The FSSC 22000 full remote audits are completed using Information and Communication Technology (ICT); these will be accredited audits, which will not be recognized by GFSI – the transparency of the certification process is always granted, that’s why the certificate that will be issued after these kind of audits will have a specific reference that a Full Remote Audit was conducted.
Before conducting a 100% remote audit, a certification body must evaluate an impact of the serious event on the current certificate and certification status, and conduct a feasibility assessment with the certified organization in order to verify that a full remote audit is an effective and practical option.
The FSSC 22000 full remote audits can be done when annual announced surveillance/periodical or recertification audits cannot take place on-site. But not for Stage 2 Initial audits. Note: even during the 100% Remote audits, auditors need to spend about 50% of the time on documents and records evaluation, and the rest of the audit time on performing video plant tours and interviews.
The addendum to the standard called “FSSC 22000 Annex 9” is still valid in cases where a certification body and an organization agree that it is more appropriate and effective to conduct an audit in two steps: document review and interviews with key personnel remotely, using information and communication technology (ICT), then audit implementation and perform verification of the food management system on-site, with a time-lapse between the two steps.
In the case of the first certification, the FSSC 22000 Annex 9 can be applied and the whole stage 1 audit can be conducted remotely, while the subsequent stage 2 audit will be conducted on-site at least within 6 months after stage 1. For all other audits, according to Annex 9, part of an audit can be conducted remotely, and the rest of the activity completed onsite, considering that the onsite audit cannot have a duration less than 1 day and shall be at least 50% of the total audit duration.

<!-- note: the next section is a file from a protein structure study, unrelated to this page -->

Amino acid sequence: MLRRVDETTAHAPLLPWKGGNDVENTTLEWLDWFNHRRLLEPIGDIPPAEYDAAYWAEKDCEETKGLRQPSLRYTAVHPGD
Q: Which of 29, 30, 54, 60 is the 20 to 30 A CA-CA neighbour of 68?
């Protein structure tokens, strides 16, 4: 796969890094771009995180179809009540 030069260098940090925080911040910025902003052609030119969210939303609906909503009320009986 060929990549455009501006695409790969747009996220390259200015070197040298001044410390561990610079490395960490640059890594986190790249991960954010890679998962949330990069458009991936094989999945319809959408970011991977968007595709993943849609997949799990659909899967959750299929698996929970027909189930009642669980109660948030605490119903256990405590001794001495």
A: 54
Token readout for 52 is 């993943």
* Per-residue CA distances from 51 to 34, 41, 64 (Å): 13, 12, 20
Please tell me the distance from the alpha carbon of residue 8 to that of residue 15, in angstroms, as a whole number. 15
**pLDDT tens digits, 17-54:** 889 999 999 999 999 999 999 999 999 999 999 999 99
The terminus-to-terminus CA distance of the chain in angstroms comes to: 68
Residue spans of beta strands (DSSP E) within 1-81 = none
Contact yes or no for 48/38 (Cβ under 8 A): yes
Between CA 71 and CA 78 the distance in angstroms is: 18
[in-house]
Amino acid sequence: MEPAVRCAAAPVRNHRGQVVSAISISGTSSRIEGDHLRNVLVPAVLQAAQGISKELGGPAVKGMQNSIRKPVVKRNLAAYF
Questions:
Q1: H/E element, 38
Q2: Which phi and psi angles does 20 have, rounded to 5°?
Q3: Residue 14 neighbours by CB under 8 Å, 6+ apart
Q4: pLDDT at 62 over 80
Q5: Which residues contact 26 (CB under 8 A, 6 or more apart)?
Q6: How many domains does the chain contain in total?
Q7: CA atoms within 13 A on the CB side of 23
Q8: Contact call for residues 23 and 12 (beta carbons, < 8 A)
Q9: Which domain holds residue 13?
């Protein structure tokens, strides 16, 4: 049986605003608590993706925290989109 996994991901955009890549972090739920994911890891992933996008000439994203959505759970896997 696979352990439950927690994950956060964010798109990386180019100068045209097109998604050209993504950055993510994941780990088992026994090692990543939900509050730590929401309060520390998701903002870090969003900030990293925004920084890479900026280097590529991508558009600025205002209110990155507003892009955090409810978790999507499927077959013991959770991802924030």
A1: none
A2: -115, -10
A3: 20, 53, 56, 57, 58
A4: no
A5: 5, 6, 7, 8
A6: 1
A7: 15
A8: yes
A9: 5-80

Veronica Ramos (on BRCGS): The rules have been changing recently for the BRCGS standards. These rules are published in the Position Statement BRCGS 078, 080 and 086 (www.brcgs.com) – and these are applicable only for already certified sites. Currently, all certified sites, whose certificates can be affected due to COVID-19 in respect to travel restrictions and internal rules of receiving external visitors to the sites, can opt to any of the following three options:
Request a certificate extension for six months with a COVID-19 risk assessment (see Position Statement BRCGS 072);
Request their re-certification audit with the “blended audit” modality (see Position Statement BRCGS 080) – where a remote audit (using ICT electronic systems) is combined with an on-site audit for re-certifications;
Request the new temporary modality to conduct 100% of an audit remotely (according to the Position Statement BRCGS 086).
This is only applicable for announced audits. It is considered that the best option is to conduct a regular on-site audit or to go with the blended audit option, because an auditor can have a better opportunity to confirm the level of compliance on-site. The on-site audit part should be of at least 1.0 day duration, while the remote part shall not exceed 50% of the total audit duration. Note: full (100%) remote re-certification audits must replicate the exact methodology of a regular audit, including plant tours and interviews, however, it must be first verified that electronic devices and communication means can be used successfully. Also, one should be aware that 100% remote audits are not GFSI benchmarked, but are accredited. Please contact your lead auditor or certification body for more information.
What can be audited during the remote portion?